Mickey Guyton arrived at FarmBorough just 45 minutes before her opening set. Following bus trouble and plane delays, the singer’s morning had been a chaotic one, but none of that showed during her impressive performance at New York City’s first country music festival.
“It’s so cool to be out here and see New York City people loving country music,” she told Rolling Stone Country later that day. “Obviously a lot of people in New York don’t always have radios because not many people have cars so it’s awesome that the digital side is able to get the music out to these people so they can listen to what they love.”
A week earlier, Guyton and tour mate Brad Paisley played another country festival in a major city: Chicago’s LakeShake. In both the Windy City and at FarmBorough, rain threatened to shut them down; Paisley’s set in Chicago was even canceled. Still, the two weekends straight of inclement weather have yet to put a damper on her experience touring with the country superstar, with whom she sings “Whiskey Lullaby” every night on tour, doing Alison Krauss proud.
“[Brad] has taught me so much, just observing and watching how they make their system work,” she says. “It’s a great system, and he’s a such a good person. He’s so good to the people who work with him, too. They’re all happy, and you can tell.”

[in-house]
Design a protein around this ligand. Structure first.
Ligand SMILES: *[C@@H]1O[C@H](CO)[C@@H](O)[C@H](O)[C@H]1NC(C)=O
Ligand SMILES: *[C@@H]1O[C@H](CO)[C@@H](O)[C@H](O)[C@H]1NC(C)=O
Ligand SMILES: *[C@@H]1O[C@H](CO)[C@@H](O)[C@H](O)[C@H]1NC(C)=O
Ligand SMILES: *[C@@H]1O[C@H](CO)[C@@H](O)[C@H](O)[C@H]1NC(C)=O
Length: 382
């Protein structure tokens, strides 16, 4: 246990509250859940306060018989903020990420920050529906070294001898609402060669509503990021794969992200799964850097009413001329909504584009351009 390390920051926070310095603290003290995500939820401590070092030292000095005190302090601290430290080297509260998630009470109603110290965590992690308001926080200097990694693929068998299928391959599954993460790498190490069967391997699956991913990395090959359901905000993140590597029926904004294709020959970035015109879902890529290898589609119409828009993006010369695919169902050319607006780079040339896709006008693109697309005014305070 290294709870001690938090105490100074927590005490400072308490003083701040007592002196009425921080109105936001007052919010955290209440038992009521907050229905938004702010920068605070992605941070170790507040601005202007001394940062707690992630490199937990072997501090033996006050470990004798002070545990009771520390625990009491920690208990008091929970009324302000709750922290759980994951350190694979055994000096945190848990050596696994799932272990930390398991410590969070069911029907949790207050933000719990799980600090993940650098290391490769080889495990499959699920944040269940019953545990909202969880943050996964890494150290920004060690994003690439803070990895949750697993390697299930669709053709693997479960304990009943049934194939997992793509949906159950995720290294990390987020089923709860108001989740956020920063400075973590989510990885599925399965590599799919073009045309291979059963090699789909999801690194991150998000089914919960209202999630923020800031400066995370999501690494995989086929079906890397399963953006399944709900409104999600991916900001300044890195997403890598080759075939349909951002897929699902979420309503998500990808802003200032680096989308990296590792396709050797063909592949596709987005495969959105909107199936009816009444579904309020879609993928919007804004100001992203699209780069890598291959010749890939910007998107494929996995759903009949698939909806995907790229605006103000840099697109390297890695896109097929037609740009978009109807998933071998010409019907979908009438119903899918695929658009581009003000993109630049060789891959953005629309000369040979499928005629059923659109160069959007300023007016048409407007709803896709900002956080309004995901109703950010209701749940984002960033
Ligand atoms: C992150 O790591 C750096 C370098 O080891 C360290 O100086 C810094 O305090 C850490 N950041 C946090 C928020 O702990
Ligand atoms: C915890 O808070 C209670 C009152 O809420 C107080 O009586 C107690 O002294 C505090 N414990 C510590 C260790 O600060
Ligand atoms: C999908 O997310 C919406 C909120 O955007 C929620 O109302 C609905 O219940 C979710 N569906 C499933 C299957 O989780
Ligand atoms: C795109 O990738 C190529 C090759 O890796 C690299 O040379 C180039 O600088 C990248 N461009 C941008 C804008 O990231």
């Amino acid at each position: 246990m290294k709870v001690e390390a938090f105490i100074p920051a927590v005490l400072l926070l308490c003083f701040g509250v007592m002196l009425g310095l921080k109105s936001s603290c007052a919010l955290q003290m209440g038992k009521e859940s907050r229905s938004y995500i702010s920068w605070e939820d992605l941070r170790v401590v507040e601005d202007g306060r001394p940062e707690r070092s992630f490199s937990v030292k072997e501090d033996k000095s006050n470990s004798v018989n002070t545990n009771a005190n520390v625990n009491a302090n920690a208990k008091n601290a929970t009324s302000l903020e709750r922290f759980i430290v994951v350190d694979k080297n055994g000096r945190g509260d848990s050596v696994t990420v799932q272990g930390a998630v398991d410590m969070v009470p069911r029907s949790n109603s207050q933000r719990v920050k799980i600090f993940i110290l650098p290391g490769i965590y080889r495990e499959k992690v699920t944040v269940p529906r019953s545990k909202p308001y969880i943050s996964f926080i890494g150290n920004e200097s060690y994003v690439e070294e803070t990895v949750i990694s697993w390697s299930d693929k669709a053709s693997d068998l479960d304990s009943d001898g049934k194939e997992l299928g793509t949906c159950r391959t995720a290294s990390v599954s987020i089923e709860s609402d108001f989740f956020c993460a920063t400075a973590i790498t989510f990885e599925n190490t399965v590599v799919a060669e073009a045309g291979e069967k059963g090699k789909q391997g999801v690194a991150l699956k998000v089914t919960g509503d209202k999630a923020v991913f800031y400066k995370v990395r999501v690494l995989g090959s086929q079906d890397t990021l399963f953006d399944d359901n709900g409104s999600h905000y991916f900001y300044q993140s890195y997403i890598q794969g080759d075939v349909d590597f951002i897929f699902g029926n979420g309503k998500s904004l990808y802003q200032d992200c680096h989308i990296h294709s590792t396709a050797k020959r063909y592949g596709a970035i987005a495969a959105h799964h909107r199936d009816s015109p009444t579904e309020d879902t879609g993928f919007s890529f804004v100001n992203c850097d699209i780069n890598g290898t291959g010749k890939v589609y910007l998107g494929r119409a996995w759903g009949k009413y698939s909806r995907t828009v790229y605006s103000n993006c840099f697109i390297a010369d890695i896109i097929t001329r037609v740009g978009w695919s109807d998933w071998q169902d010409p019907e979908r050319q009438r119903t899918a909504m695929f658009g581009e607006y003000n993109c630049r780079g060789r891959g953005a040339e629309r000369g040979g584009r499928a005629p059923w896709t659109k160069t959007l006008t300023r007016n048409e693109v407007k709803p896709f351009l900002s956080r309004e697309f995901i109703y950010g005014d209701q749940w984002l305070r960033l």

So far, she’s been able to evade Paisley’s long, hilarious history of tour pranks, but as she lists off the reasons why it hasn’t happened yet, her tour manager breaks the news to her that her time is coming shortly.
“I had some good pranks [but] they were really inappropriate, so it was like, ‘We can’t do that,'” she says with a laugh. “I thought about pretending to be pregnant and coming into my first rehearsal with a full belly just to shock him.”
Touring with Paisley is just the icing on the cake of a great year for Guyton, though it took longer to get here than expected. She had been signed to Capitol Records Nashville in 2011, but didn’t release her debut EP Unbreakable until 2014. “Everything happens for a reason. I always try and remember that,” says the “Better Than You Left Me” singer. “When I got signed at Capitol, Universal bought it. The company was so busy figuring things out and then I finally got my chance to really get my music out.”
Guyton’s full-length debut album is tentatively set for a fall release. As she prepares to continue solidifying her space in contemporary country, she’s finding additional inspiration from female peers. “Women are coming together to lift each other up,” she muses. “In the past, we’ve always felt threatened by one another and, for some reason, divide ourselves. Now, women are banding together to be stronger, and I think that’s amazing. I want to be a part of that, and I hope I am a part of that.”